and the control effect is evaluated] The evaluation is expressed by the index on the following scale: Index:

' 3: No living image or numph 2: Less than 5% of living imagines and nymphs based on the untreated'control l: 550% oflivingimagines and nymphs based on untreated control 0: more than 50% of living imagines and nymphs based on the untreated control Results are'shown in Table 8.

Table 8 Control Effect Index Compound Active ingredient concentration No. 0.I% 0.03% 0.0I%

l 3- 3 l 2 3 I 2 I 3 3 3 I l 4 3 3 r I- 5 3 3 3 6 3 3 3" 7 3 '3 3 8 3 3 3 9 3 3' 3' IO 3- 3 I II 3 3 12 3 3 -2' l3 3 3 3 l4 3 3 3 I I5 3 3 3 I6 3 3 3 Table" S-Continued Control Effect Index Compound Active ingredient concentration IND I 0.1% 0.03% 0.01%

17 3 3 3 1s 3 3 I, 3 l9 3 3 2 l 20 r '3 3 3 2l 3 I 3 3 '22 3 3 3 24 1 3 3 1 25 3 .3 1 I 26 3 3 2 27 3 3 3 I v28 3 I 3 I" 29 3 3 I 30 Y 3 '3 I 3" 3l 3 3 3 32 3 3 3 33 3 3 3 34 3 I 2 2 35 3 3 3 36 I 3 3 3 3. .,3 3 3 '38.} 33 3 3 .39 3 3 3 Comparison (I) 2 0 0 f (II) 2 I I 0 (III) 2 0 0 (IV) 2 I 0 2 O 0 (VI) 2' I 0 O (VII) 2 0 0 (VIII) 2 0 0 (IX) I i 0 O (X) 2 I 0 I) 2 O 0 (XII) 2 0 0 (XIII) 2 0 0 (XIV) l 0 O Sappiran (commercially available 3 2 0 comparison) I Note: 'Sappiran: chlorophenyl chlorobenzene sulfonate.

changesmay be made without departing from the spirit and scope of the presentinvention.

h tis c a edisg f r 1. A compound of the formula 1 R is methyl or e thy I R is lower alkyl of 1 to 4 carbon atoms and Wherein n is or 1, x is hydrogen or chloro, R is hydrogen or Alkyl of l to 4, R is alkyl of 1 to 4, cyclohexyl or benzyl.

2. A compound according to claim 1 wherein C -C alkyl is methyl or ethyl.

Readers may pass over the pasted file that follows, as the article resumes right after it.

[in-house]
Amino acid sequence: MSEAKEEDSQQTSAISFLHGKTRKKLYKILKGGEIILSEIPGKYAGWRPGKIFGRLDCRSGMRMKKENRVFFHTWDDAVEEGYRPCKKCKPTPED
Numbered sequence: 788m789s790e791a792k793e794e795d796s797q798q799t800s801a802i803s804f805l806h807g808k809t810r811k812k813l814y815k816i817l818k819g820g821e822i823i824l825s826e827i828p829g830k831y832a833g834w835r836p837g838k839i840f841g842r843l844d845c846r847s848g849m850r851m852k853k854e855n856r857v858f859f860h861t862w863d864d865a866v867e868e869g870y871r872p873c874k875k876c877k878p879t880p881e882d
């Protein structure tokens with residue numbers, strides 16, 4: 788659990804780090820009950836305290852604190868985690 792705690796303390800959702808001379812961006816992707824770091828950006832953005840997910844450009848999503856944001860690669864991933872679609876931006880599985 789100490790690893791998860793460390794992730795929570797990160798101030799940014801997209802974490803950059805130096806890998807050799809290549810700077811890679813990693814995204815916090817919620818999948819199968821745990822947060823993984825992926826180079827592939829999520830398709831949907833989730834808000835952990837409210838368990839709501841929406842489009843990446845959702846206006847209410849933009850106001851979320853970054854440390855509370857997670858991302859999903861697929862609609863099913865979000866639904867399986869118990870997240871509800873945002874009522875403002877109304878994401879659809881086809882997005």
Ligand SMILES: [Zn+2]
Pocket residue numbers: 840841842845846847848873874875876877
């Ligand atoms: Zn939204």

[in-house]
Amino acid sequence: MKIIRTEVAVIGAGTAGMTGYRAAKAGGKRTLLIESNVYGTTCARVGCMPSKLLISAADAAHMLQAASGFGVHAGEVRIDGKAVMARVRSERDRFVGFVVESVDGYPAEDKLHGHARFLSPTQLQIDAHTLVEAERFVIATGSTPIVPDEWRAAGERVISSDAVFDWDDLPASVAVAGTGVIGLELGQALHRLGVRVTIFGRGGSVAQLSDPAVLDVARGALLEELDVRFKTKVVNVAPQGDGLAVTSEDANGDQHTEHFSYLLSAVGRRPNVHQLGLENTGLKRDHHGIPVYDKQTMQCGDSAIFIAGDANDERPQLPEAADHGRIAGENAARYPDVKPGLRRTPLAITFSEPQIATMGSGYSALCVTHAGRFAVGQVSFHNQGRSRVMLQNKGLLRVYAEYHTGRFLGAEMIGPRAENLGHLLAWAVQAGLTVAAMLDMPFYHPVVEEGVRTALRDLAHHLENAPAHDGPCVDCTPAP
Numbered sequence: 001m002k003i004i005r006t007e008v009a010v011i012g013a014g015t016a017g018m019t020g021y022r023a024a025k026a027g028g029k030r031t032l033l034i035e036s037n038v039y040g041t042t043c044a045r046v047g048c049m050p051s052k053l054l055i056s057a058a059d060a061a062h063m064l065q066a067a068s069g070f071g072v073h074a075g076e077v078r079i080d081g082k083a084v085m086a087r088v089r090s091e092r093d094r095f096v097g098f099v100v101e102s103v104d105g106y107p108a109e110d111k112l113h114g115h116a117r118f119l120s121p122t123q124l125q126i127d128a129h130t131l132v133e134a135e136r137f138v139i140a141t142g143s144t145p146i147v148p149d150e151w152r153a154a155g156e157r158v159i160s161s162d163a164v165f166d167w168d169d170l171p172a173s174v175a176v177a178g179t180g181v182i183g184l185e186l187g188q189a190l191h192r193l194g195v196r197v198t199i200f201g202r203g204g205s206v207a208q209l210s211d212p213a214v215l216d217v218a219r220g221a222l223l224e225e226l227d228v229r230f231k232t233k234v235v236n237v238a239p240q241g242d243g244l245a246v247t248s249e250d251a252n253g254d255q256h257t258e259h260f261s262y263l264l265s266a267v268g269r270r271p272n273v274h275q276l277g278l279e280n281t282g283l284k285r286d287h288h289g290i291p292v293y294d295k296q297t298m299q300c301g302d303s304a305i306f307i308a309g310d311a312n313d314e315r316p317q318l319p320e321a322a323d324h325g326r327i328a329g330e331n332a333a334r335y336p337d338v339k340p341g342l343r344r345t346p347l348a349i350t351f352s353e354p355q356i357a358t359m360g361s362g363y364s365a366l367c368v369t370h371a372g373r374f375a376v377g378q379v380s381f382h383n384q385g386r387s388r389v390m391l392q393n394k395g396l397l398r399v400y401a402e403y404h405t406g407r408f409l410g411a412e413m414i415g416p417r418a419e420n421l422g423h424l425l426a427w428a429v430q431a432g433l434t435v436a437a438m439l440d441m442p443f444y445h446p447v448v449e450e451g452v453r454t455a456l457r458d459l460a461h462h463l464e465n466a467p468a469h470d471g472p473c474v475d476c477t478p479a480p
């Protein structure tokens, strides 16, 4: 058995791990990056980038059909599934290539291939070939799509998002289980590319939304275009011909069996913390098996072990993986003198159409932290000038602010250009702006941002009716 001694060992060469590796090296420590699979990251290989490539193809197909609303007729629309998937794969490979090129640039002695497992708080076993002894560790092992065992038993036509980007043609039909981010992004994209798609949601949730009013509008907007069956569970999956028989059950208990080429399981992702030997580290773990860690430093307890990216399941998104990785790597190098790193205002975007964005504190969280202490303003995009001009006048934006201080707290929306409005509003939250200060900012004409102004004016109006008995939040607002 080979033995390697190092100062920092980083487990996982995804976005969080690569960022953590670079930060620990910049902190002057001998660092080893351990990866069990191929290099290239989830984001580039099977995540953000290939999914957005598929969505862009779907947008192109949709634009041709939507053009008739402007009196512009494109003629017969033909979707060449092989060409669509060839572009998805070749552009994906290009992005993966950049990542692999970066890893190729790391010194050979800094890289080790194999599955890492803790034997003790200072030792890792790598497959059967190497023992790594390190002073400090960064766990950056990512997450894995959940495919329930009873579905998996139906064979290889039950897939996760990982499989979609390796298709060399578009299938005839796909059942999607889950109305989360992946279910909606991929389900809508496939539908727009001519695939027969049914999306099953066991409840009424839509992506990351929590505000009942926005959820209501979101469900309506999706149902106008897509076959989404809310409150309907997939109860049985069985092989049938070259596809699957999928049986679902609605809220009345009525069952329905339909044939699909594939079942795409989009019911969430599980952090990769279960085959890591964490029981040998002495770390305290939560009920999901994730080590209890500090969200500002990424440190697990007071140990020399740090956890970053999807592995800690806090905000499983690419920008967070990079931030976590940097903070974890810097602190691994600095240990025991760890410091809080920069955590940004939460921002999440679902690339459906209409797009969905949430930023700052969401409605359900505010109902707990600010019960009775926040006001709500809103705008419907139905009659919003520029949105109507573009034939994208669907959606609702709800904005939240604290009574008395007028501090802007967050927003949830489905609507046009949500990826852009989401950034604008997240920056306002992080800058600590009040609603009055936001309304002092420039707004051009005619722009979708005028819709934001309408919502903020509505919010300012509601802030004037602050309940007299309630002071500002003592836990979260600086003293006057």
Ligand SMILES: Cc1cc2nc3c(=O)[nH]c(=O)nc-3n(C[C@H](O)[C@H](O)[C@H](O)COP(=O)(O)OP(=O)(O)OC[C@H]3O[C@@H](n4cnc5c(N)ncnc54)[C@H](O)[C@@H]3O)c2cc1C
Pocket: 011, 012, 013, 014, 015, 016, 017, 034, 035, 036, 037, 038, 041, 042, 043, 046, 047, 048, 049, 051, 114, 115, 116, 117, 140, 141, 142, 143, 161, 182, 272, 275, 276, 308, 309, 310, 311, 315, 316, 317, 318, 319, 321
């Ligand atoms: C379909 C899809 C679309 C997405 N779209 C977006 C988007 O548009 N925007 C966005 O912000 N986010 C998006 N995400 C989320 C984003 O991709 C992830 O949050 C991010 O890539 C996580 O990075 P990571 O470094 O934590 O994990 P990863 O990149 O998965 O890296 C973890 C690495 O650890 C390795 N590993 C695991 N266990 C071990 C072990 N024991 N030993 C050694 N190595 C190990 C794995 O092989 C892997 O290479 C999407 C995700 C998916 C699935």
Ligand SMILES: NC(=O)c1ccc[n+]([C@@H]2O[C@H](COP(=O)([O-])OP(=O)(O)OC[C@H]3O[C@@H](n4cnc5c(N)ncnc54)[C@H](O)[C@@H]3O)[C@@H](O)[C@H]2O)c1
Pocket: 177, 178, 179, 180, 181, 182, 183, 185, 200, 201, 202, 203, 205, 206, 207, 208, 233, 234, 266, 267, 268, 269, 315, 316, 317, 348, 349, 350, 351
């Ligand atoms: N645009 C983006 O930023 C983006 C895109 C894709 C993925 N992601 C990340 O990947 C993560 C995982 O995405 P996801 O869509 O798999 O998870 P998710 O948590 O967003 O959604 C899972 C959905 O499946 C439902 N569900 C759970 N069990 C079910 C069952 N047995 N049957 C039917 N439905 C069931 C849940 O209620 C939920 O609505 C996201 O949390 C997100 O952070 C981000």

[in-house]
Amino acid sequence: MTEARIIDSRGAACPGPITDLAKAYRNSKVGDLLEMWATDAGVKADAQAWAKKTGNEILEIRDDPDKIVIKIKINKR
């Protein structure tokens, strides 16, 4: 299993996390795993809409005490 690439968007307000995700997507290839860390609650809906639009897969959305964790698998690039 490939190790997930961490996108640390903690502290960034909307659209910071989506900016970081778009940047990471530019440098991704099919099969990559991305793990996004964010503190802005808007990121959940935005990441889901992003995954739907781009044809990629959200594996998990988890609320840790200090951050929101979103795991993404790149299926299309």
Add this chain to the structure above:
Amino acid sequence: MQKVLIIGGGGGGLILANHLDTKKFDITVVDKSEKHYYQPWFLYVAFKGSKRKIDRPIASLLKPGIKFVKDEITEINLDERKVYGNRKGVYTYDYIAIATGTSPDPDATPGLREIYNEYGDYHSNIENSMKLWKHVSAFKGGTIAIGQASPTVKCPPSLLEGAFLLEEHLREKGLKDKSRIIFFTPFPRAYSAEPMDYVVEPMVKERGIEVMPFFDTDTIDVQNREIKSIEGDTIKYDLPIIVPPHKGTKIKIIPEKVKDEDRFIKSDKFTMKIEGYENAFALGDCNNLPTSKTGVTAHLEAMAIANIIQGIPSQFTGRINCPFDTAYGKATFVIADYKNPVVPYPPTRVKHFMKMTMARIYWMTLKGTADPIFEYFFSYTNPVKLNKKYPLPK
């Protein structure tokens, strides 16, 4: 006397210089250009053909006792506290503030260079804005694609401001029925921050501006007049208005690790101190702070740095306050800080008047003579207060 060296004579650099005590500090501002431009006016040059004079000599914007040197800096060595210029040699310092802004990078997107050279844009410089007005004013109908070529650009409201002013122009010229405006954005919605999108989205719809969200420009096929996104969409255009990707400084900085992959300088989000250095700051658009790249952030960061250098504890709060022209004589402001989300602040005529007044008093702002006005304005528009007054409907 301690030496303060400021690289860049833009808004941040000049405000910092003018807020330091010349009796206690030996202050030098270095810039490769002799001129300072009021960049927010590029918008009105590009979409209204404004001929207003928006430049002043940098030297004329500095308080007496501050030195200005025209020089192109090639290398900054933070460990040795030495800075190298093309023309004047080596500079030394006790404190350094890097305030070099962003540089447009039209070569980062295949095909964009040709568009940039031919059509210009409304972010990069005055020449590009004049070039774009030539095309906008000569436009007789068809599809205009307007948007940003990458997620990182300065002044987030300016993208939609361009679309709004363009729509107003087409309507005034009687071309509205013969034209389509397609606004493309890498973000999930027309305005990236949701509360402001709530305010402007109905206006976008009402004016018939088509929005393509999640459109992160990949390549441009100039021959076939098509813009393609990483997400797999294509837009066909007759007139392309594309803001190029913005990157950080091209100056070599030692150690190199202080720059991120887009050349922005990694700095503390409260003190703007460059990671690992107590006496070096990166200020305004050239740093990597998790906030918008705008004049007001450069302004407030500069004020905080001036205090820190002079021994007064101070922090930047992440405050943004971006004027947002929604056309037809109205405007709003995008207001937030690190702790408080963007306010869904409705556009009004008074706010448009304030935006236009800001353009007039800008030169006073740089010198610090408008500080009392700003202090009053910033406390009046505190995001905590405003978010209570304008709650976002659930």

3. The compound according to claim 1 wherein such 5 compound is O-ethyl-S-(2-ethoxyethyl)-S-(2- ethylthioethyl)-phosphorodithiolate of the formula 0 u SCH CH OCz 5 5. The compound according to claim 1 wherein such compound is O-ethyl-S-(2-ethoxyethyl)-S-(2-nbutylthioethyl)-phosphorodithiolate of the formula 6. The compound according to claim 1 wherein such compound is O-ethyl-S-(2-ethoxyethyl)-S- '18 (phenylthiomethyl)-phosphorodithiolate of the formula 7. The compound according to claim 1 wherein such compound is O-ethyl-S-(Z-ethoxyethyl)-S-(4- chlorophenylthiomethyl)-phosphorodithiolate of the formula 8. The compound according to claim 1 wherein such compound is O-ethyl-S-(2-ethoxyethyl)-S- dimethylcarbamylmethyl-phosphorodithiolate of the formula

Patent Citations
Cited PatentFiling datePublication dateApplicantTitle
US3636144 *Apr 3, 1968Jan 18, 1972Sumitomo Chemical CoDithiophosphoric acid salts and process for making same
US3660543 *Mar 4, 1969May 2, 1972Exxon Research Engineering CoS-2-hydrocarbylthio-alkyl esters of thiophosphorus acids
US3706822 *Oct 2, 1969Dec 19, 1972Caldwell James EMethod of refining esters of organophosphorus
US3712937 *Feb 2, 1970Jan 23, 1973Bayer AgS-(1,3-dihalo-prop-2-yl-mercaptomethyl)-thiol and thionothiol phosphoric and phosphonic acid esters
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US5834403 *Dec 20, 1996Nov 10, 1998Basf CorporationApplying aminooxyacetic acid compounds
US5837653 *Dec 20, 1996Nov 17, 1998Basf CorporationEncapsulated plant growth regulator formulations
US5861360 *Dec 20, 1996Jan 19, 1999Basf CorporationEncapsulated plant growth regulator formulations and applications
US5869424 *Dec 20, 1996Feb 9, 1999Basf CorporationPlant growth retardants in combination with inhibitors of ethylene biosynthesis or action
US5935906 *Dec 20, 1996Aug 10, 1999Basf CorporationAminoethoxyvinylglycine in combination with mepiquat chloride
US6255250Dec 19, 1997Jul 3, 2001Basf CorporationPlant growth regulators in pyrrolidone solvents
U.S. Classification558/174, 558/186, 987/213, 544/157, 546/22, 558/184, 987/366, 558/179, 987/209
International ClassificationC07F9/165, C07F9/59, A01N57/12, C07F9/00, A01N57/00, A01N57/14
Cooperative ClassificationC07F9/165, C07F9/1653, C07F9/591, A01N57/14
European ClassificationA01N57/14, C07F9/165A7, C07F9/165, C07F9/59E